20th to 29th July 1989
Gala Night on Sunday 23rd July
Much Ado About Nothing is usually dated about 1598, and was published in 1600. The main story, that of Hero and Claudia, has been traced to sources some quarter of a century earlier. But the enduring appeal to audiences over the centuries is the relationship between Beatrice and Benedick which is entirely Shakespeare’s invention, as are the comic constable Dogberry and his watchmen.
The play explores a variety of personal relationships and attitudes, set against the influences of class and social expectation. Whilst Claudio and Hero appear to accept reasonably readily the expectations of society and their families in the conduct of their relationships, Beatrice comes through by contrast as one of the earliest feminists - unwilling to conform and behave ‘as expected’. The parallel with the birth of womens’ lib at the turn of the century was one of the reasons I chose to set our production in early Edwardian times.
Although Beatrice and Benedick are frequently portrayed as young sparring lovers, their intelligence and wit, coupled with their confirmed batchelordom, must make them in reality mature adults, which is how we present them.
Another particularly current concept in the play is the comparison between today’s ‘Neighbourhood Watch Schemes’ and Shakespeare’s Watch. Ordinary citizens had a duty to serve a night’s watch on a rota basis: but the more intelligent paid others to do their turn for them, producing a ‘Dad’s Army’ in which Shakespeare readily saw the comic possibilities.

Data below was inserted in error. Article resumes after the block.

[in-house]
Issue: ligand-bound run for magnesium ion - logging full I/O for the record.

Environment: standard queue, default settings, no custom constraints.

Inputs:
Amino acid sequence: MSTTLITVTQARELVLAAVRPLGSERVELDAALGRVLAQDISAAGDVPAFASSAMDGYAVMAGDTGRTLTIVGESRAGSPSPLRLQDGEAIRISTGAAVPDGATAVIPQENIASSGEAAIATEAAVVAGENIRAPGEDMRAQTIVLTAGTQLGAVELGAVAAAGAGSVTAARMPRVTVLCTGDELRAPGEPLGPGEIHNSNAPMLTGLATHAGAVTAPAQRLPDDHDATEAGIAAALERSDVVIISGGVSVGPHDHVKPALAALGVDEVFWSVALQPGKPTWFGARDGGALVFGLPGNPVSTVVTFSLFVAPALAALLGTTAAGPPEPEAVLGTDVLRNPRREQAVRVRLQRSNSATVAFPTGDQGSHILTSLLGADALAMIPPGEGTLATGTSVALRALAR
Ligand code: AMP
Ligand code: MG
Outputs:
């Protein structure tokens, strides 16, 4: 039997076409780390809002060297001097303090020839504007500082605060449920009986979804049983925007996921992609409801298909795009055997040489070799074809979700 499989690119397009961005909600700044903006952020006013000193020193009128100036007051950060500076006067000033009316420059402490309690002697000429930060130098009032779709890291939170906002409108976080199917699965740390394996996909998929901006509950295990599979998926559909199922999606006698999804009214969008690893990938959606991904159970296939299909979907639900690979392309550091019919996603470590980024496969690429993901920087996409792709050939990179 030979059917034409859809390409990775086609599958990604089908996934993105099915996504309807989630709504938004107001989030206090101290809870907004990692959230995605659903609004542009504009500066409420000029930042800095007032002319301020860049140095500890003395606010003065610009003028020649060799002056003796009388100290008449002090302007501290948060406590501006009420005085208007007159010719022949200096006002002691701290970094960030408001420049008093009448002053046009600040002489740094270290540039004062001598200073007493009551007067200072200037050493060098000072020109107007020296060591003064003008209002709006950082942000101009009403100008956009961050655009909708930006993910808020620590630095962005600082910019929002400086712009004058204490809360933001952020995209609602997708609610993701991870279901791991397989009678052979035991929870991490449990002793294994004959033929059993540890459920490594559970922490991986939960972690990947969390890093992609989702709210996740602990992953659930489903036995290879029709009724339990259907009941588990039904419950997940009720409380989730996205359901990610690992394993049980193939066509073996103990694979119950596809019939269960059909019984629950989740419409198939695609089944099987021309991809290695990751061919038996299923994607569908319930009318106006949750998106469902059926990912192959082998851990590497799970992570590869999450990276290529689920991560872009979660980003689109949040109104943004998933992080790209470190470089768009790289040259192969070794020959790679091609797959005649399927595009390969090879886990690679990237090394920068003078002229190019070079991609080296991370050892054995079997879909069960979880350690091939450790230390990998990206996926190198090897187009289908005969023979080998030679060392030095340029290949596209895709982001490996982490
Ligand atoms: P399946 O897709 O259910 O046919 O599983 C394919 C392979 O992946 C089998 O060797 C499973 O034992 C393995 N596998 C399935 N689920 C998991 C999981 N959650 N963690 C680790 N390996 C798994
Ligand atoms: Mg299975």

It is widely held that Shakespeare intended the title to be a pun between ‘nothing’ and ‘noting’. Certainly much of the plays’ fun lies in the way in which the audience can ‘note’ the actions, plots and feelings of all the characters, and decide in advance what the outcome might be.
|Cast (in order of appearance)|
|A Messenger||James Smith|
|Ursula||Miss Jenni Watson*|
|Don Pedro||David Pike|
|Don John||David Bartlett|
|A Gardener||John Carrington|
|The Watch||Kenneth Spencer, Derek Sealey, Graham Hhll, John Carrington, Barry Glasspell, Michael Shailer, Peter Neave|
|The Vicar||Harry Tuffill|
|The Judge||Albert Minns|
|*NOTE: There was an error in the programme transposing these two roles. The above is correct.|
|For the Maskers|
|Produced & Directed by||Michael Patterson|
|Production Assistants||Graham Buchanan, John Carrington, Belinda Drew|
|Stage Manager||Julia Campone|
|Assistant Stage Managers||Debbie Moorhouse, Shauna Lockett, Sally Hilton|
|Lighting Design||Clive Weeks|
|Lighting Assistants||Anthony Baldry, Simon Pike, Ian Pooley|
|Sound Plot||Tony Lawther|
|Sound Operators||Wendy Hall, Richard Gorbutt|
|Wardrobe||Angela Stansbridge, Mollie Manns|
|Set Construction||Geoff Cooke, Bill Pitman|
|Set Painting||Ken Spencer|
|Producton Assistants||Ron Tillyer, Sonia Morris, Geoff Wharam|
|Poster Design||John Hamon|
|Front Of House and Bar||Angela Barks|
Looking back the director, Michael Patterson, remembers:
The resplendent setting of the National Trust's Mottisfont Abbey provided The Maskers with the opportunity for a new approach to outdoor theatre - we moved the whole audience to a different location for each main scene. All 200 of them. Not once, but 3 times! The play opened, for example, around the main entrance to the great House, with the messenger arriving on horseback down the long drive. He was soon followed by the arrival of Benedick, in full Ruritanian military uniform, sitting in the back of his staff-car (a canary yellow, chauffeur-driven vintage car!). The audience loved the concept - each move gave them a chance to get a better position to see the action. They still remember the finale, the candle-lit entrance into the Chapel Arch, the setting for The Wedding, as dusk deepened over the Test Valley, and the sound of the church choir drifted over the river ...
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